Album Review: Alice Cohen – Pink Keys




Pink Keys is the fourth solo album in five years from NY artist Alice Cohen, yet curiously it’s also the second in a matter of months. The eight-track Wild Vines and Tenement Shrines was an under-the-radar release back in February. Those who are familiar know that Cohen is something of a multi-talented performer, having made her name in the ’80s as singer and keyboard player with new wavers The Vels and then again in the ’90s with Die Monster Die. She’s also known for her artwork and stop-motion animation for music videos, and on Pink Keys, the painter in her comes across clearly. Her use of keys and synths creates a sweep and flow that is the musical equivalent of a collage.

There’s a retro feel to much of this record. Opener “Cascading Keys” could be straight out of the ’80s with a vintage Linn drum machine underpinning the song’s fast-flowing melody lines that reflect its title. The synth work on the meandering “Mauve Mood” and looping instrumental “The Locksmith” could be from the hands of legendary progger Rick Wakeman. Elsewhere, the gentle, Eastern-inflected instrumental “The Lacemaker” mixes in pleasingly with the vocal tracks. Cohen’s voice shimmers sweetly throughout but blends a bit too finely with the instruments, preventing her lyrics from standing out and becoming fully memorable. Instead, the music washes over the listener, so relaxing that one absorbs the whole rather than the parts. It’s a pleasant experience, but one that occasionally loses distinction.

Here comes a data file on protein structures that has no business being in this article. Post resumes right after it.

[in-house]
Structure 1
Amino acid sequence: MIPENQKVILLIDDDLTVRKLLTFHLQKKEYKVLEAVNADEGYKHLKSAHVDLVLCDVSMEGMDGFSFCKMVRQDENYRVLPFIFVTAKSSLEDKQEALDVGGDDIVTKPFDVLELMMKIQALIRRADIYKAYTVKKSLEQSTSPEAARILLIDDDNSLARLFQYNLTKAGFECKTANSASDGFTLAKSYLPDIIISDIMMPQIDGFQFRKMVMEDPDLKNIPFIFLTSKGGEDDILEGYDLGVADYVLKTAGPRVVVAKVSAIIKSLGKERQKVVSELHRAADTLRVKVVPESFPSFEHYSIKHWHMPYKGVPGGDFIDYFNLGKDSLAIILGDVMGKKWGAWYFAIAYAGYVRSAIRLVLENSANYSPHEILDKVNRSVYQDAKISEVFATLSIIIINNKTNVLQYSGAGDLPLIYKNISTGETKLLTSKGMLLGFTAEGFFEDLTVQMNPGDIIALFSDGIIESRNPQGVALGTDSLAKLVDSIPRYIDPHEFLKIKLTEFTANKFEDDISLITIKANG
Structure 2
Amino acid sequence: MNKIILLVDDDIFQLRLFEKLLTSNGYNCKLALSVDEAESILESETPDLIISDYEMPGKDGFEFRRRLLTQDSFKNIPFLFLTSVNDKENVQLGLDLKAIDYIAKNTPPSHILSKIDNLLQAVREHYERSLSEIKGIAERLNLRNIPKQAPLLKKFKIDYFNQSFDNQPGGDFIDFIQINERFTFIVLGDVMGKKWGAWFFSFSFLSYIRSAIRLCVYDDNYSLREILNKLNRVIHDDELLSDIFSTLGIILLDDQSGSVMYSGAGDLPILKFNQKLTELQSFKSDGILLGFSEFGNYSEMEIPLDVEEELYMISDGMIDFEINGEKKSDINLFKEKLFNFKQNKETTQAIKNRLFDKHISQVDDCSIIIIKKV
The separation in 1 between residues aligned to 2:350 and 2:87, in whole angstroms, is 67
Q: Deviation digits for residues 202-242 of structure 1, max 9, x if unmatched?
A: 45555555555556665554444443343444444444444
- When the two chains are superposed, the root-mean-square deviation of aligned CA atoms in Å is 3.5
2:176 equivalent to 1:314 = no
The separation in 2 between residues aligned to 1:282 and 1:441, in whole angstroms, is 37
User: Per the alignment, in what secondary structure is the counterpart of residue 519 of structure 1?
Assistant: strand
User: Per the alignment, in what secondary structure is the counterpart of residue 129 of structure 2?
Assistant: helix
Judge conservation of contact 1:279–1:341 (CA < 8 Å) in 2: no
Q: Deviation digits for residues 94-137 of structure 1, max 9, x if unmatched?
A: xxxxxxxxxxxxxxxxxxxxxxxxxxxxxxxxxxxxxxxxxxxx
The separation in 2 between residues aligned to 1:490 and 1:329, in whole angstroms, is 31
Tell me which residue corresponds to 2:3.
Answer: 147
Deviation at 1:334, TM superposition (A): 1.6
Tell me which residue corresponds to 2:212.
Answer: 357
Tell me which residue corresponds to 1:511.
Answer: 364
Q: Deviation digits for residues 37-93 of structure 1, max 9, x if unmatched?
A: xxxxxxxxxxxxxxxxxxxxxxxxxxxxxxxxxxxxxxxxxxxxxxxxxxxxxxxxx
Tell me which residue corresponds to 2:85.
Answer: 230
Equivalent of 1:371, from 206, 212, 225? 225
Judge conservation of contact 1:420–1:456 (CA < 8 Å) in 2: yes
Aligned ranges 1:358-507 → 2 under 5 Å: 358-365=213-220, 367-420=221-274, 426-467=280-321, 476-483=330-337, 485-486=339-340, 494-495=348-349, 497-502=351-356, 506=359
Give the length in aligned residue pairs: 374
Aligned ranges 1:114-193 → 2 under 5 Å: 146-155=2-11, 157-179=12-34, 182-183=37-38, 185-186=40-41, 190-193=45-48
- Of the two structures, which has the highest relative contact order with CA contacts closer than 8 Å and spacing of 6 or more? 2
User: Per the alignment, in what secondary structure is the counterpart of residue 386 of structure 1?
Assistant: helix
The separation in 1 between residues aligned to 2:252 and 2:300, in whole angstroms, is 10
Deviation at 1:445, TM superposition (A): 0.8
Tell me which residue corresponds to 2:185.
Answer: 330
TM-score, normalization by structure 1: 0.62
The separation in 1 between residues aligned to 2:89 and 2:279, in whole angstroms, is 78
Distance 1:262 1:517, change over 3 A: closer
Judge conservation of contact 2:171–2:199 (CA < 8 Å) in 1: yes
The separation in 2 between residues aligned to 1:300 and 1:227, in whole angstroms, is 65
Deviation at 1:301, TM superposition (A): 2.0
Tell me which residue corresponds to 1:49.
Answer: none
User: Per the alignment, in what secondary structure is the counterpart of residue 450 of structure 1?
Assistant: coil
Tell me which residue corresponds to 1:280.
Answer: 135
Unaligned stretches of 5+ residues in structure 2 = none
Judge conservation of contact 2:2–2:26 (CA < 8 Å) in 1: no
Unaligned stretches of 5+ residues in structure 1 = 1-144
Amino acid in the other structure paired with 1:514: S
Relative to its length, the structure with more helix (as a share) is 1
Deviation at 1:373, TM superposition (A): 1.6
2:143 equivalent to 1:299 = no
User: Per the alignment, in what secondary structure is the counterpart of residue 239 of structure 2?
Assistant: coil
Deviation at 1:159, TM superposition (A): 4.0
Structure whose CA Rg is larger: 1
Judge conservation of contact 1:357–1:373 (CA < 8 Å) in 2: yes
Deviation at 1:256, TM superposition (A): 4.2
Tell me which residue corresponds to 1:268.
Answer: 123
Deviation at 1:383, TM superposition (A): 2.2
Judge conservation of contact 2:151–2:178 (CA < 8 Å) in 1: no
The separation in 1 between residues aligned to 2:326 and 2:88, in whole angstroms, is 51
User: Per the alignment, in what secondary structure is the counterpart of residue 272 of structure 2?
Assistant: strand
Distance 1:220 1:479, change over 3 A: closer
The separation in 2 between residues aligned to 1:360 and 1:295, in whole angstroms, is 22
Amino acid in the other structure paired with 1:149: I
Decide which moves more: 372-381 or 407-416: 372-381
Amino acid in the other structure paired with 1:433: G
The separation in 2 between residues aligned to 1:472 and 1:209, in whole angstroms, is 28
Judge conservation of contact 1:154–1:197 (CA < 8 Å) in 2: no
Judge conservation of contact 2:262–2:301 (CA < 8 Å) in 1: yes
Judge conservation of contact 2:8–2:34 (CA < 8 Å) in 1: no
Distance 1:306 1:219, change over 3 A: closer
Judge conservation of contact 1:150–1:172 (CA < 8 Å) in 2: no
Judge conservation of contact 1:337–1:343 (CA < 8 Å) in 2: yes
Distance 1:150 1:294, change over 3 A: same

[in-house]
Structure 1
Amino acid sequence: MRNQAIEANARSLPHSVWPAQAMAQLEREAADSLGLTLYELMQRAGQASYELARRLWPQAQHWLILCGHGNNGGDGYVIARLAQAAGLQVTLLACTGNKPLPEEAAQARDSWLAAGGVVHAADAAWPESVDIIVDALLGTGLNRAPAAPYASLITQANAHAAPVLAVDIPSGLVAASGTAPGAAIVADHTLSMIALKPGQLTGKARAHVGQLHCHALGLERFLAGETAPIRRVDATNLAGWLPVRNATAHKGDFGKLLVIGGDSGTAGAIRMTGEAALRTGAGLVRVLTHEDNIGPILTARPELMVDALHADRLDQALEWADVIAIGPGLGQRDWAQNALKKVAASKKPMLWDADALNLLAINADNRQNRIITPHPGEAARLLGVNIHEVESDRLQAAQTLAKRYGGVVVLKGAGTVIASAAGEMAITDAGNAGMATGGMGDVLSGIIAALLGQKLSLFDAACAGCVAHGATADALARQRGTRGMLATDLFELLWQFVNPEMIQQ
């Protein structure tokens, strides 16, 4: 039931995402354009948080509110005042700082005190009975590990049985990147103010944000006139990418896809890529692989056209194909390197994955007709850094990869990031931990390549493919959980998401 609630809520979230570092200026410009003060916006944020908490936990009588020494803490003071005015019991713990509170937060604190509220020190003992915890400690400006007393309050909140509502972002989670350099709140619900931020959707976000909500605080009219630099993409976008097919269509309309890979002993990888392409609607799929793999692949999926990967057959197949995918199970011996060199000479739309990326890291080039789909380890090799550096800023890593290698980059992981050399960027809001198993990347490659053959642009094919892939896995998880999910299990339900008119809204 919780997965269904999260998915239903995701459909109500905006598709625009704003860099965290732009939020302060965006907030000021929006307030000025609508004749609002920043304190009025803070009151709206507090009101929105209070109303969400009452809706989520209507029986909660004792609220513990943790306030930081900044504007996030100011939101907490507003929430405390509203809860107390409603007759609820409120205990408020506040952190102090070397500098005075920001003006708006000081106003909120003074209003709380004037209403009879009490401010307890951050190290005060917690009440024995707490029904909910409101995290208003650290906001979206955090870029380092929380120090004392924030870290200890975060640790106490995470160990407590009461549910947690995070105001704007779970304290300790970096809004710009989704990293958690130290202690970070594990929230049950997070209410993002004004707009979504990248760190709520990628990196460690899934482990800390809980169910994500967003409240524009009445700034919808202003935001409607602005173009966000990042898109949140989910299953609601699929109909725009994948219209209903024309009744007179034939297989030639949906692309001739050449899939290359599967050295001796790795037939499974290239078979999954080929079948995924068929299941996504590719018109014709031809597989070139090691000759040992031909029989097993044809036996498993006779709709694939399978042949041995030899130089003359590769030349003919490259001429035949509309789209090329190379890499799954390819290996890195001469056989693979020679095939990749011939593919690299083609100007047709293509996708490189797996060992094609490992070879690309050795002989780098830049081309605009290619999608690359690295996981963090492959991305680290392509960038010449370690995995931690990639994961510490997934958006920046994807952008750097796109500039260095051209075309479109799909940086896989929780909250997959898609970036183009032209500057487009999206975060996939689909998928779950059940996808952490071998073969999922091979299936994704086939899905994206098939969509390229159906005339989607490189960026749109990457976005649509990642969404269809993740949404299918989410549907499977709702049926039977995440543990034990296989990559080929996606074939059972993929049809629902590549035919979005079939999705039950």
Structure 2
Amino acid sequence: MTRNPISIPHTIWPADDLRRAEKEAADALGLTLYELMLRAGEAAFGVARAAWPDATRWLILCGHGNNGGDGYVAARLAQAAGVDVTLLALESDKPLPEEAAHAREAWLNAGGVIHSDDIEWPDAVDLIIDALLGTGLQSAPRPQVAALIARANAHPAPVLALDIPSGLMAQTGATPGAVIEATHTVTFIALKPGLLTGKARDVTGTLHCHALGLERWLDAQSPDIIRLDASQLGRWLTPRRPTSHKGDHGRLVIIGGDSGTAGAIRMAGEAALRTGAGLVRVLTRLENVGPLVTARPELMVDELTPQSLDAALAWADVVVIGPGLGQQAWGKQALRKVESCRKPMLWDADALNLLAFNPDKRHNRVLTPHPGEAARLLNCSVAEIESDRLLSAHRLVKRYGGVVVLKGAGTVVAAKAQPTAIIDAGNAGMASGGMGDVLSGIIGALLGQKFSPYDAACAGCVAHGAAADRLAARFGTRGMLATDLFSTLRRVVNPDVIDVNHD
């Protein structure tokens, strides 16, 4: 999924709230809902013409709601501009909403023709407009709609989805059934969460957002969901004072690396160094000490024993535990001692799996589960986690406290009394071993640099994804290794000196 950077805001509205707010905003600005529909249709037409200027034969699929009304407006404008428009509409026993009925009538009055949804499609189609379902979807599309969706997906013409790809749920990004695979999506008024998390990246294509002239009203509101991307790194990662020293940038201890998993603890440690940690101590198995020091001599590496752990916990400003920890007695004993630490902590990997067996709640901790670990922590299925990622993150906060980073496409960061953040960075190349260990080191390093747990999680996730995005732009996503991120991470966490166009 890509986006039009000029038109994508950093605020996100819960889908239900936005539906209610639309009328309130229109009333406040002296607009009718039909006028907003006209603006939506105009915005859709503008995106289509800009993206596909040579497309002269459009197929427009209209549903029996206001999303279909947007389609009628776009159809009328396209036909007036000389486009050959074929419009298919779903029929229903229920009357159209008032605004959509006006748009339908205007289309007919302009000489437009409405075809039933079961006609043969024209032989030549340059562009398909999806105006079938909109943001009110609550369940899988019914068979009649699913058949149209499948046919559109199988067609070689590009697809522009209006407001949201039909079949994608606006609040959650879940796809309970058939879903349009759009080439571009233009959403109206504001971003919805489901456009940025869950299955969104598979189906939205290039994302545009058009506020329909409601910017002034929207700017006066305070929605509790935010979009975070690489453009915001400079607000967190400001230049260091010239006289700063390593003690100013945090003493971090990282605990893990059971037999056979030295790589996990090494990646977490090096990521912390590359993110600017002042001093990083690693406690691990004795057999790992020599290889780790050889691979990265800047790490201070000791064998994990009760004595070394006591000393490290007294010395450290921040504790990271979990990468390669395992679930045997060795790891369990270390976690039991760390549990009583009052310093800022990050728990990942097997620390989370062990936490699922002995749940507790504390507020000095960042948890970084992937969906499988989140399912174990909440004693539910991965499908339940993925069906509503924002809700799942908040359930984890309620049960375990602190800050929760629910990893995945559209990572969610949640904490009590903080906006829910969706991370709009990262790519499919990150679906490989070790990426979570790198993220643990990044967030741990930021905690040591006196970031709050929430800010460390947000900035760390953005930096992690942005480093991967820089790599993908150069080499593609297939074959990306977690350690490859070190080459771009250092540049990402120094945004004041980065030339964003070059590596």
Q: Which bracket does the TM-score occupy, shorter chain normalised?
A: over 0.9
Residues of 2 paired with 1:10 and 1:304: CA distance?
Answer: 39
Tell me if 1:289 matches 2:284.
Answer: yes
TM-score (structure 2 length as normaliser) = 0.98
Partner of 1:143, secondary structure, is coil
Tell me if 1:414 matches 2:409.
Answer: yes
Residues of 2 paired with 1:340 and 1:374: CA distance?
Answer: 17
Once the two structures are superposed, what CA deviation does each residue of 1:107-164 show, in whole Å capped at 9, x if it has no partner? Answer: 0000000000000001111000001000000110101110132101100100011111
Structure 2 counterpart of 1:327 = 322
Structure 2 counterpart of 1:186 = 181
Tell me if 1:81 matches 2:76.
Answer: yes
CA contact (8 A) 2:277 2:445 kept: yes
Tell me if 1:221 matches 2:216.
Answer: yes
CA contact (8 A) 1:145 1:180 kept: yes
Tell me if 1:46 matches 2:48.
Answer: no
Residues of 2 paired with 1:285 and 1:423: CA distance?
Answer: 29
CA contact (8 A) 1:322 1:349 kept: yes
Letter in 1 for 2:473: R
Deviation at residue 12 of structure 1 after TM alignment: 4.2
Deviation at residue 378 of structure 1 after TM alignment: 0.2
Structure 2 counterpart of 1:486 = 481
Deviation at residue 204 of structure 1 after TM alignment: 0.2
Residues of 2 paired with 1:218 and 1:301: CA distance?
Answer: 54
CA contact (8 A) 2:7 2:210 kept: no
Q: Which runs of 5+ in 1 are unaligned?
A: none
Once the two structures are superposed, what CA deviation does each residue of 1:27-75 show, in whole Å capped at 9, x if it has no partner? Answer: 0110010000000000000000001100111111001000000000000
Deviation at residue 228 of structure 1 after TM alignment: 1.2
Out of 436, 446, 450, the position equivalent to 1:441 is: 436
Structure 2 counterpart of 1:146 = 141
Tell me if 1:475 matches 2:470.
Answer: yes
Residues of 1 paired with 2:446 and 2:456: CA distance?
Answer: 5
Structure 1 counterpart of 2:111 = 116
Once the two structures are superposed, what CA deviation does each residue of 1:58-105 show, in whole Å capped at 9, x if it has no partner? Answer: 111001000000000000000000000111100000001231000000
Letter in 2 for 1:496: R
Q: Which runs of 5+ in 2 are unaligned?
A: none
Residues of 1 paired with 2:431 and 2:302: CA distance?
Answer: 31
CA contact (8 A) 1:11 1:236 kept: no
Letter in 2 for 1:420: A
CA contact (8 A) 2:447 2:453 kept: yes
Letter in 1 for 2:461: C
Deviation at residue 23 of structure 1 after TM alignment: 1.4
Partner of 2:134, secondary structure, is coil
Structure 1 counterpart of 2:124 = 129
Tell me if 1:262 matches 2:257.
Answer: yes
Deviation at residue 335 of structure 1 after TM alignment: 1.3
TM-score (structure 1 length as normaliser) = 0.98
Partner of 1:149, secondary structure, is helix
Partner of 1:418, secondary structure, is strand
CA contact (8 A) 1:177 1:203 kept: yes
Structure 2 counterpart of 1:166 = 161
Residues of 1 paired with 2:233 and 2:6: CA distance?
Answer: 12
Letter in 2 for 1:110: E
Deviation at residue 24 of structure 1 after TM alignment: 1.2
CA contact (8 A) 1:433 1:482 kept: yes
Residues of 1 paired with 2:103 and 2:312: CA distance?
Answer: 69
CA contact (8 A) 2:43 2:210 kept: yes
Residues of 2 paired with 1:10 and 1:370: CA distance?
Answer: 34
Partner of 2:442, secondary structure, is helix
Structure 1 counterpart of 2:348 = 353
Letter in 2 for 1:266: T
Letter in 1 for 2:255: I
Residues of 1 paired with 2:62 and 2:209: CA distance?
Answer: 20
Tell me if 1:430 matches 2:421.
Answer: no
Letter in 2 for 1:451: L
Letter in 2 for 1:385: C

Arguably the strongest song here is the compelling “La Fete Etrange”. A haunting synth melody line is looped and layered, taking on the resonance of pealing bells as it builds until dying away in a familiar line of four descending chords. The album closes with the atmospheric ballad “The Color of the Sea”, brimful of natural imagery that gives it a cinematic sweep.

Pink Keys was recorded at home by Cohen, with the artist contributing most of the vocal and instrumental work with the aid of a few hipster guests. Decorated with circular melodies, it’s an album for listening, relaxing, and losing yourself, while maybe unlocking some secrets along the way.

Essential Tracks: “La Fete Etrange”